$n\times n$
points? The following may be useful: $\sum\limits_{k=1}^n k^2=\frac{n(n+1)(2n+1)}{6}$
and $\sum\limits_{k=1}^n k^3=\frac{n^2(n+1)^2}{4}.$

 Four points on a Cartesian grid form a square of area
$100$
(in grid area units) with sides parallel to the grid. How many points lie on the boundary of this square?  Could you have a tilted square of area
$100$
(in grid area units) with vertices on the grid?  Simplify
$\sum_{k=0}^{n}k(nk).$
 Three points with coordinates
$(1,3),$
$(2,1)$
and$(4,2)$
lie on the perimeter of a square. What is the smallest such square (in terms of area)?
 Four points on a Cartesian grid form a square of area

How many squares with sides parallel to the grid can be built?

For a given
$k \le n,$
how many subgrids of$k\times k$
points are there? 
For a given subgrid of
$k\times k$
points, how many squares with vertices on the outer points of the subgrid can be built? 
How can we incorporate that for all values of
$k?$

… knowing that there are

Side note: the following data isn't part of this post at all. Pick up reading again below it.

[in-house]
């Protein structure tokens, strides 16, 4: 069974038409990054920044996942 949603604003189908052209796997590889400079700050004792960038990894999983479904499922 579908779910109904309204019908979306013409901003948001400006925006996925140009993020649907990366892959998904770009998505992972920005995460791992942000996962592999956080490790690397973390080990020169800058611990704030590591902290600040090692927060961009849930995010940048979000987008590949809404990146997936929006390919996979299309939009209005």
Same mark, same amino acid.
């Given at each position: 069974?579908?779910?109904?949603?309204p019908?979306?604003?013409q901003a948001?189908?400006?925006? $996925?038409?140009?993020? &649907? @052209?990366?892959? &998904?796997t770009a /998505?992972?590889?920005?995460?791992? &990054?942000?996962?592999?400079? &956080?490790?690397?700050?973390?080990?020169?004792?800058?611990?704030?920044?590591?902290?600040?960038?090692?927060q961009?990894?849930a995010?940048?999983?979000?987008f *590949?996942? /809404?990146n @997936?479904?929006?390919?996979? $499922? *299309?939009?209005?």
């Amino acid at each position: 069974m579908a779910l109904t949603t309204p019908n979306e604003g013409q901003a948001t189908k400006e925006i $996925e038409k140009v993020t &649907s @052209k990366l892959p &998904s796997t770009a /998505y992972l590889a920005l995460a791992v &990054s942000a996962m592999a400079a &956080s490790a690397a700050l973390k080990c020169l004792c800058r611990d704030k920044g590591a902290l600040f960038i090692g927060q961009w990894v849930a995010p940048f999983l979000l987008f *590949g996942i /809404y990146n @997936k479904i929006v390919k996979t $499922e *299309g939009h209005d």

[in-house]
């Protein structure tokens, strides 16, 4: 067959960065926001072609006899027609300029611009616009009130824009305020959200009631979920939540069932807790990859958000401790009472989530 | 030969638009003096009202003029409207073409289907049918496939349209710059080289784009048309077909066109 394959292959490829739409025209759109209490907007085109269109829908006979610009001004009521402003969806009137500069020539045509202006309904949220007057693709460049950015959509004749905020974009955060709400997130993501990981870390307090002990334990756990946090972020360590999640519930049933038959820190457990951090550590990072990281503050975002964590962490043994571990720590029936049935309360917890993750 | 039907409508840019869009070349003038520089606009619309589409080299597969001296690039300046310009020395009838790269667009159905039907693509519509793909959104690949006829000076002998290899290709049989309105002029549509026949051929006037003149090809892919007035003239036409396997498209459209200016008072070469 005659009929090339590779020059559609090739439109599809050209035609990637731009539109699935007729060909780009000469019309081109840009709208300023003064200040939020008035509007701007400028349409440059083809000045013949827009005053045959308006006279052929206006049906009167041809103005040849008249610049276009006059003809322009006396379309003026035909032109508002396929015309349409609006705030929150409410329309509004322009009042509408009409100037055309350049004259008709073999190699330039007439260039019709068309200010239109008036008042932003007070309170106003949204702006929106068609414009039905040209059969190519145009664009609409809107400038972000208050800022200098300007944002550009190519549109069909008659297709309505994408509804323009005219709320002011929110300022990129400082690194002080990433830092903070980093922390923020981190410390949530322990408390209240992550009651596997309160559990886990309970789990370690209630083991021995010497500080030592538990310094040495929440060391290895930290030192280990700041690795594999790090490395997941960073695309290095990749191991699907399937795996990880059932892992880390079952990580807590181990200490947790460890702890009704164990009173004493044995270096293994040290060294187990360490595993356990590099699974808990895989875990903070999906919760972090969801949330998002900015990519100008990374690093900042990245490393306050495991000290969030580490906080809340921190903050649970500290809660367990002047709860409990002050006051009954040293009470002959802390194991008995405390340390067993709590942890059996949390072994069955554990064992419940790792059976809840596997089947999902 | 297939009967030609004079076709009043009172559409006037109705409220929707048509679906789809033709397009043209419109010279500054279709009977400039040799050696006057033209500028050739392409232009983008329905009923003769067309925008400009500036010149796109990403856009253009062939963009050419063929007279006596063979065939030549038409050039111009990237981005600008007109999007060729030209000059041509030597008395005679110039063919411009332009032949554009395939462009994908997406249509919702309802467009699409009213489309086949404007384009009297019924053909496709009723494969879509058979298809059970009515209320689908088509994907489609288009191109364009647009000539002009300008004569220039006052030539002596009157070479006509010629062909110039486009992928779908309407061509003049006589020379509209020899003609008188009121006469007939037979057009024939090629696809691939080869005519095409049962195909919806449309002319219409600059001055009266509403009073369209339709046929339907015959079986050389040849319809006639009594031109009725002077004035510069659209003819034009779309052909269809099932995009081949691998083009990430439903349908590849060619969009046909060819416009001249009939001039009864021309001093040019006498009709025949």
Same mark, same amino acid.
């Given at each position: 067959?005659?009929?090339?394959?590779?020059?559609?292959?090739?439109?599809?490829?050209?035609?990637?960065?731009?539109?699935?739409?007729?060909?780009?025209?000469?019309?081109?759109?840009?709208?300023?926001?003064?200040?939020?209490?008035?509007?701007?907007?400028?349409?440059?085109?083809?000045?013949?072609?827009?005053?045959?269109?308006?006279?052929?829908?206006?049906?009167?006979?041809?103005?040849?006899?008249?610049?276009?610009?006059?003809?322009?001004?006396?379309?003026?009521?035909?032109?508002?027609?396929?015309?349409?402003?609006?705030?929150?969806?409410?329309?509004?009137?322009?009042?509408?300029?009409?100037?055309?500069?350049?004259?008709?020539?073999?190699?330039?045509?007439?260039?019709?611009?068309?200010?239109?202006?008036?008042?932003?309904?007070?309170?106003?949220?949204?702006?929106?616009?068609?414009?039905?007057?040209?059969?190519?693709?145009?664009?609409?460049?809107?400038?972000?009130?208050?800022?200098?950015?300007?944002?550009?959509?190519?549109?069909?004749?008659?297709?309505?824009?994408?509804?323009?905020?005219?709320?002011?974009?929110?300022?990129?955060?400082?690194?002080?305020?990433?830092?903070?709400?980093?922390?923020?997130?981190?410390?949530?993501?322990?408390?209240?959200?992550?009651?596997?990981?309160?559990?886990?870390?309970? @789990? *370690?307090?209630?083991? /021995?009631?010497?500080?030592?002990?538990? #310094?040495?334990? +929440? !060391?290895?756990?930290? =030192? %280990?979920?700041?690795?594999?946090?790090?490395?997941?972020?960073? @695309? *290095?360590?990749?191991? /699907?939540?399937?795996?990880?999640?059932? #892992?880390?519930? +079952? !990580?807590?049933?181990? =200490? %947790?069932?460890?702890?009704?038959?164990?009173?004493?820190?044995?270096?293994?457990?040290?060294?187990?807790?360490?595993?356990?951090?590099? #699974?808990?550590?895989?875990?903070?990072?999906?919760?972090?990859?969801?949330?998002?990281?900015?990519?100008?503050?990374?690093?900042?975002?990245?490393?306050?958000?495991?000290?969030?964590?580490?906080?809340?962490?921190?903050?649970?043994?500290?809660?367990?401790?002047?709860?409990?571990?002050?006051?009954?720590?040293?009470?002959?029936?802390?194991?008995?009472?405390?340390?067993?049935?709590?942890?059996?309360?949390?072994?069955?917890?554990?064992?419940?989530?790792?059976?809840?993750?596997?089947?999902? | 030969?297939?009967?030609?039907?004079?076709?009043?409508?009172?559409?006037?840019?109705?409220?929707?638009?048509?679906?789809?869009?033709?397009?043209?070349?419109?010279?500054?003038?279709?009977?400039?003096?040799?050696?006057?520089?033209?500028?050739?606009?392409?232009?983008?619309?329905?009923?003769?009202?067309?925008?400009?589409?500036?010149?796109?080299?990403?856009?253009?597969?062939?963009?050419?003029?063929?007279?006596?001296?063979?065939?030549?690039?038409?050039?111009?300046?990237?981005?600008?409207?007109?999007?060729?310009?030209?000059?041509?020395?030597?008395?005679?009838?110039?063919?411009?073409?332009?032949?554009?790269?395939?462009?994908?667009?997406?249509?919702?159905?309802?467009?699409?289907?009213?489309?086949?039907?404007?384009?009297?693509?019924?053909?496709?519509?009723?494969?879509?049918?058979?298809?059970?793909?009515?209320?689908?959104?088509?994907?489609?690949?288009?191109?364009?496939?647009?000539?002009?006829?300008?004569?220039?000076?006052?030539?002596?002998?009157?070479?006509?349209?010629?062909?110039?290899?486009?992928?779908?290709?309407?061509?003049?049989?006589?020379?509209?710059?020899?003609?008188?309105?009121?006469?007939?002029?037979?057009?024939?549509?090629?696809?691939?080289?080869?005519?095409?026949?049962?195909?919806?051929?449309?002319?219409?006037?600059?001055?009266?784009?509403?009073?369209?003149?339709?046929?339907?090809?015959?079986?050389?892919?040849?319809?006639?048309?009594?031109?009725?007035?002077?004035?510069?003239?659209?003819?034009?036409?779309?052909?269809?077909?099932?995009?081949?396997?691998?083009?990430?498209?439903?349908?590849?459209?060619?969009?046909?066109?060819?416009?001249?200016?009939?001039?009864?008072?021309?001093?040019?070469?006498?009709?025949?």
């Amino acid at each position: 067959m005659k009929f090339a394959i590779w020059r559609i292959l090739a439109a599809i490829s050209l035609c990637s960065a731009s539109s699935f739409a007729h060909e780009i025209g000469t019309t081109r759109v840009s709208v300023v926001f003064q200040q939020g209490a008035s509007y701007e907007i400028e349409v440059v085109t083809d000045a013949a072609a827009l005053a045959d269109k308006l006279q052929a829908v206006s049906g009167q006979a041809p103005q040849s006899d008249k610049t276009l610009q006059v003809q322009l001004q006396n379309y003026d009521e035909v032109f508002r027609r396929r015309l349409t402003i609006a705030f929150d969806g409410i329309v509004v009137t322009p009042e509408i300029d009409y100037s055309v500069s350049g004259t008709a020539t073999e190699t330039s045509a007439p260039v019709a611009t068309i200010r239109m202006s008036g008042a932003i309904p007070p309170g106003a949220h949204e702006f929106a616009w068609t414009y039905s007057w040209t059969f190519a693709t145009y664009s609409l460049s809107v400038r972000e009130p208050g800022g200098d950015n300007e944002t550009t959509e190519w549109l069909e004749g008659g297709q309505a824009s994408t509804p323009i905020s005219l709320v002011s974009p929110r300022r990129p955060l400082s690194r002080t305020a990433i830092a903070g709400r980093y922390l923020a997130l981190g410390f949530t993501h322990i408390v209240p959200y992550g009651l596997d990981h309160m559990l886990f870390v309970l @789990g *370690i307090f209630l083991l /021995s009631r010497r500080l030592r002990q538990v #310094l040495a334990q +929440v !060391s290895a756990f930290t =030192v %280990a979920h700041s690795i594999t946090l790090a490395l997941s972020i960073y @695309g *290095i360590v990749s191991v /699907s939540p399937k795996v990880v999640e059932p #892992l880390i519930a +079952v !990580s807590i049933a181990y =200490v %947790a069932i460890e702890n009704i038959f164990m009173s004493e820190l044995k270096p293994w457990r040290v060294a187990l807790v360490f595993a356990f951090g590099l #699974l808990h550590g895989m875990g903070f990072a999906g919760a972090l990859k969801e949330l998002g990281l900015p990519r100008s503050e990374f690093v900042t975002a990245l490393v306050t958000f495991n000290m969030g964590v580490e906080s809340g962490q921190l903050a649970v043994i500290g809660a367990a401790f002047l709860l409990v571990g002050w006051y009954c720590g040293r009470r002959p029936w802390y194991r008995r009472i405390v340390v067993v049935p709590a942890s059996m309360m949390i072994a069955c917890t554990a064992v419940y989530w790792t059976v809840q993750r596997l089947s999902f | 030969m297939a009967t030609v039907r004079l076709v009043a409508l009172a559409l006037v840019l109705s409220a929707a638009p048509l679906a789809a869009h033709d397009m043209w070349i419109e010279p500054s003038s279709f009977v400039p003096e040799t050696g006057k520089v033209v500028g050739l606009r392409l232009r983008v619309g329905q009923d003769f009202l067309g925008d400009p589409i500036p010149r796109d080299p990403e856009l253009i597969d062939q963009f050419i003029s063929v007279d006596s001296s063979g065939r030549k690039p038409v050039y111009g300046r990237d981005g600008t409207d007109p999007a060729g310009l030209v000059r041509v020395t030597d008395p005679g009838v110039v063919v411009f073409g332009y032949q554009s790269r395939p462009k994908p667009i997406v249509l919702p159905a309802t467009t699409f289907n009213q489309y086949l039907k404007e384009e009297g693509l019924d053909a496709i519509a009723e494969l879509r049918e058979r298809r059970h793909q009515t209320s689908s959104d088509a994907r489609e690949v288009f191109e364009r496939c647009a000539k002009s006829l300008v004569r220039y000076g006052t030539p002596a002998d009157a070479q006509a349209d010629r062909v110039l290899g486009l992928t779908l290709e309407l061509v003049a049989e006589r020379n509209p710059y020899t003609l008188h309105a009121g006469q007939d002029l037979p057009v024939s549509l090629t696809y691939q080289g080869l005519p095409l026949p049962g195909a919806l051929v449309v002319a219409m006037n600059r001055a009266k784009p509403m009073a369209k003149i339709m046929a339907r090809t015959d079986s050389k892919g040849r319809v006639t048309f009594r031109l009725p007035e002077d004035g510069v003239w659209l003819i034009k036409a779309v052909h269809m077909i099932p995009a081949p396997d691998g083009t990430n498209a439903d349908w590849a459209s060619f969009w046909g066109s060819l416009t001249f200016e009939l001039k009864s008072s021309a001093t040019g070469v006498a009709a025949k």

$(nk+1)^2$
subgrids of$k\times k$
points and$k1$
squares (including tilted ones) per each such subgrid?

We can first count the number of different subgrids of size
$k\times k,$
then count the number of squares with vertices only on the outer points of each subgrid. This avoids counting duplicates (can you see why?).The number of subgrids of size
$k\times k$
is$(nk+1)^2$
because$nk+1$
is the number of possible horizontal (or vertical) shifts of such a subgrid.For each
$k\times k$
subgrid, a square with vertices on the outer points of the subgrid is uniquely defined by the position of the vertex on one side of the subgrid. Hence, there are$k1$
different such squares.Finally, the total number of squares is the sum over the subgrids:
$$ \begin{aligned} N&=\sum_{k=2}^{n} (k1)(nk+1)^2 \\ &=\sum_{j=1}^{n1} (nj)j^2 \\ &= n \sum_{j=1}^{n1}j^2  \sum_{j=1}^{n1}j^3 \\ &= \frac{n^2(n+1)(2n+1)}{6}\frac{n^2(n+1)^2}{4} \\ &= \frac{n^4n^2}{12}, \end{aligned} $$
where we made the change of variable$j=nk+1.$